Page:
For the past year, the Ambev brewery has been delivering beer and other beverages to restaurants and bars in São Paulo using a prototype of the electrically powered e-Delivery from Volkswagen Caminhões e Ônibus. A delivery run with a driver shows that the e-Delivery is ready to go mainstream—and that it offers the opportunity for zero-emission and sustainable local delivery transportation.

Text: Alexander Busch

Play A day in São Paulo

Anderson Soares de Campos wouldn’t mind driving off now in his delivery truck. He has just delivered a couple of crates of Corona beer and Guaraná soda to the Santo Cupido Bar, shut the metal roller doors on his truck, gotten in, and started the engine. But the two people standing right in front of his cab with their smartphones to their ears aren’t moving. He waits, then motions through the windscreen for them to move. Only when he lightly honks the horn, they startle, and run across the street. Anderson finds a gap in the heavy traffic and sneaks in. “This happens a lot,” explains the 39-year-old Brazilian, who has been delivering beer for the Ambev brewery for two years. For the past few weeks, he has been using the prototype of the e-Delivery, an electrically powered delivery truck from Volkswagen Caminhões e Ônibus, for his deliveries in São Paulo. “People don’t hear the engine; they can’t smell anything—they don’t even notice that I want to take off.”

We’re in the Itaim Bibi neighborhood, which is a lively area for going out at night and where people head to their offices during the day. All around Anderson are people in their cars stuck in morning traffic. They look on curiously at the beer delivery truck. “The first electric truck of the Americas, powered with 100% sustainably produced energy,” is printed on Anderson’s delivery truck. The names of both companies involved are prominently displayed next to it, “Volkswagen Caminhões e Ônibus” and “AMBEV,” the Brazilian subsidiary of the largest brewery group in the world, Anheuser-Busch InBev.

Symbolbild Lenkrad e-Delivery
Profilbild Anderson Soares de Campos

Anderson Soares de Campos has been delivering beer for the Ambev brewery for two years.

Mann am Steuer eines VW e-Delivery Transporters in Sao Paulo

Anderson draws a lot of attention with the e-Delivery.

Strong demand for light-duty commercial vehicles

Volkswagen Caminhões e Ônibus continues to develop its Delivery model, launched on the market just two years ago, into an electric vehicle. The commercial vehicle manufacturer expects the light-duty commercial vehicle segment in Brazil to see the strongest growth in the future. The city delivery truck, with a gross vehicle weight of up to 14 tons, is used for delivery runs to retailers, restaurants, and food service businesses, as well as hospitals, schools, and public buildings. The growth in the delivery industry is also the result of rapidly growing e-commerce.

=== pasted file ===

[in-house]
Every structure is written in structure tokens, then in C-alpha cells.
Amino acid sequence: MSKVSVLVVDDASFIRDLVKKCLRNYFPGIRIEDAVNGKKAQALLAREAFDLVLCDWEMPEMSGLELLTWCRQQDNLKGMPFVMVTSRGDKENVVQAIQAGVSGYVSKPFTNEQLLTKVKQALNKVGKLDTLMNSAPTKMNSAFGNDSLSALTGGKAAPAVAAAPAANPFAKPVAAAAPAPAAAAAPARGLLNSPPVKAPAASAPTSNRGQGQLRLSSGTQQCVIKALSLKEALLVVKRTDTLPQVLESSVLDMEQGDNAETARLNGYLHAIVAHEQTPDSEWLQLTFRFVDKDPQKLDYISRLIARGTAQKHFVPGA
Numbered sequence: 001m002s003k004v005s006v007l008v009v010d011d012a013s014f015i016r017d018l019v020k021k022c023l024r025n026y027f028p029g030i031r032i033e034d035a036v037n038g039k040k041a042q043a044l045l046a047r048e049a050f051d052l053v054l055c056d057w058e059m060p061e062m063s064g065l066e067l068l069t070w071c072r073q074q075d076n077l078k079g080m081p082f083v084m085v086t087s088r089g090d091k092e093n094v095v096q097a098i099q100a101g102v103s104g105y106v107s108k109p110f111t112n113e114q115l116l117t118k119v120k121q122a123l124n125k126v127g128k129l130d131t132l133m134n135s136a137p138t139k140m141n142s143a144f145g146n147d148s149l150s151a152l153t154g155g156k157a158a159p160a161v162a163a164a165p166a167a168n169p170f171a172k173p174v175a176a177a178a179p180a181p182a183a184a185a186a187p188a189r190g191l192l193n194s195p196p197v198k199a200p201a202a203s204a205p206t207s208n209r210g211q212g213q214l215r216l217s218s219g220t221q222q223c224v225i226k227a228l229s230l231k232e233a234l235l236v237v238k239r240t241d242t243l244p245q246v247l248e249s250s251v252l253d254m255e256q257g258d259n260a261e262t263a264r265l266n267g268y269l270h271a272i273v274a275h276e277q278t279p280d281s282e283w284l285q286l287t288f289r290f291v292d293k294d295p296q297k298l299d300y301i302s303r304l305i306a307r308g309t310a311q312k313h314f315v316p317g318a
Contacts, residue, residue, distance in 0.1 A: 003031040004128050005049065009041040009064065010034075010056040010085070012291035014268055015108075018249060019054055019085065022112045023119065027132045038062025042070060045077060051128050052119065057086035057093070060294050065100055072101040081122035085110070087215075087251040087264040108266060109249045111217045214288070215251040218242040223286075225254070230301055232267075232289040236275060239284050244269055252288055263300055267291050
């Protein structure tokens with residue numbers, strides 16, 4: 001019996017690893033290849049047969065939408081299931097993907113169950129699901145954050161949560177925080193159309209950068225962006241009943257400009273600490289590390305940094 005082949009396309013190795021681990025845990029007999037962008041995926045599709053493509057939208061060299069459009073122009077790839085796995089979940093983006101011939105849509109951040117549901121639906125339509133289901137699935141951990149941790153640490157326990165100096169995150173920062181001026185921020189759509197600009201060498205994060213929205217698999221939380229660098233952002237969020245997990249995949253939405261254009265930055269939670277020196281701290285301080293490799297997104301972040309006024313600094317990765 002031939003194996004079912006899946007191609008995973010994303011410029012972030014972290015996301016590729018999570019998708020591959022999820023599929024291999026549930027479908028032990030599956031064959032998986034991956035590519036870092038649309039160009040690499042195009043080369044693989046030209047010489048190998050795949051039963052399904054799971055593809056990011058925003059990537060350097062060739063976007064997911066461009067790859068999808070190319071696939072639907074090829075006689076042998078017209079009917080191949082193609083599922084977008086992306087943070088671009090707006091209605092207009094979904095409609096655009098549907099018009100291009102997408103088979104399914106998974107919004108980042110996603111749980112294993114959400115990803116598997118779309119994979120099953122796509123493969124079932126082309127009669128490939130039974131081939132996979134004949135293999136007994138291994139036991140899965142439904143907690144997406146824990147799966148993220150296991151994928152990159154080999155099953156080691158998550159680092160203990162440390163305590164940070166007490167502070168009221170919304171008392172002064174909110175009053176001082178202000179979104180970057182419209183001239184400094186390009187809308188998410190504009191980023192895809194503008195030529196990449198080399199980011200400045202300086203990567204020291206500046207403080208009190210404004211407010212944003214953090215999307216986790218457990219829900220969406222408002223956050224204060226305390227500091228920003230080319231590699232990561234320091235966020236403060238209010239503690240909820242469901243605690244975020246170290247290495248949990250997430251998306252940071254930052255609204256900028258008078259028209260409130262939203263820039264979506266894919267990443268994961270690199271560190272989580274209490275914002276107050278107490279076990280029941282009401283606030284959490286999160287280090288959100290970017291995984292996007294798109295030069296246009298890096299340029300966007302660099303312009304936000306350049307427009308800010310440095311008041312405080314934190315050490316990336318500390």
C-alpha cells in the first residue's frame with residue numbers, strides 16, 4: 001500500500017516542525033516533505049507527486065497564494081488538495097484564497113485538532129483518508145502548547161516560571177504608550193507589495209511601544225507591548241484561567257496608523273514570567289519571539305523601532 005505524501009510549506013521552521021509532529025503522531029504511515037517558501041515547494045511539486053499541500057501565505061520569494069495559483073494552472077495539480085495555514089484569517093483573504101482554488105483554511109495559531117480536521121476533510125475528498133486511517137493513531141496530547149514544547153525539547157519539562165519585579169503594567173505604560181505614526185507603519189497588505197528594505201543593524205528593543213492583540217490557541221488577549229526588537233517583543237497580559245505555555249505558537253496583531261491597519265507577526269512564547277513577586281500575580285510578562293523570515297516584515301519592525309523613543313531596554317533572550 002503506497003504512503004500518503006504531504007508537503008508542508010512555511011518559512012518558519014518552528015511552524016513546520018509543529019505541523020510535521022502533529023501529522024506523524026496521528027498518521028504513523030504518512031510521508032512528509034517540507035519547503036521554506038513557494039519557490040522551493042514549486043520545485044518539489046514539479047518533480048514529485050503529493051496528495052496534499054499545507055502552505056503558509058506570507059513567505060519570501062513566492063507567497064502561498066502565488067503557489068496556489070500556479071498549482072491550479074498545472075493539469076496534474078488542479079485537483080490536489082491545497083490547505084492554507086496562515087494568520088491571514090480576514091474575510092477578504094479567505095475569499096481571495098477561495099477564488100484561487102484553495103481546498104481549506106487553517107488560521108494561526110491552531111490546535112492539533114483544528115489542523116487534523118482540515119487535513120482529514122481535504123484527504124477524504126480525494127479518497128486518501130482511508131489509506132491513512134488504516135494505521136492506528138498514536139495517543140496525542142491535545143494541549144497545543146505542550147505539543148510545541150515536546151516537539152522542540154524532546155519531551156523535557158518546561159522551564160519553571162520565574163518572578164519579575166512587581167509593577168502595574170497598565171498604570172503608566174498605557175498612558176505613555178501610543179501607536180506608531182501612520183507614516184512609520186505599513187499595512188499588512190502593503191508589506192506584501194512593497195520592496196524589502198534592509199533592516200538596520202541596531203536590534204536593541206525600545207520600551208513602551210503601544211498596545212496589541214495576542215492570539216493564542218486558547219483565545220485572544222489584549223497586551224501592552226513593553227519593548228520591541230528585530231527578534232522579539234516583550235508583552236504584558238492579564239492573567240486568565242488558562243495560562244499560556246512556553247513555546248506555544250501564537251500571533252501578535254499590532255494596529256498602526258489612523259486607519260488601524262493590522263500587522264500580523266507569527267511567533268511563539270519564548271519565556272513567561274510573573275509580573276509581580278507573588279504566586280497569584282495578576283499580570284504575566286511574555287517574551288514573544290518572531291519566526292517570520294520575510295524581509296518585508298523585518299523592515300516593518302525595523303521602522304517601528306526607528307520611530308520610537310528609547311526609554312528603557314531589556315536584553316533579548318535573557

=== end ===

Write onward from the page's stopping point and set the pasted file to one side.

From its development phase, the new Delivery model was already designed with the intention of also being offered as an electric vehicle down the line. Anderson’s prototype is now being tested in Ambev’s day-to-day operations. The first e-Delivery trucks are set to roll off the assembly line as a production model at Volkswagen Caminhões e Ônibus in Resende, a city in the state of Rio de Janeiro, from the end of 2020. The brewery group has already announced the intention to purchase 1,600 electric vehicles—the world’s largest deal for electrically powered trucks.

Electric vehicles are particularly well-suited for urban deliveries, because relatively short distances are driven per delivery run. Anderson, for example, only drives about 50 kilometers a day in São Paulo. That distance is well below the range of the e-Delivery, which can travel up to 200 kilometers. Almost all of the roughly 6.5 tons of goods he loaded up this morning at a depot in the east of the city have been delivered—and the battery is still three-quarters full. Over the past year, the e-Delivery prototype has driven around 15,000 kilometers in engineering tests under real operating conditions, delivering Ambev’s products in the city of São Paulo.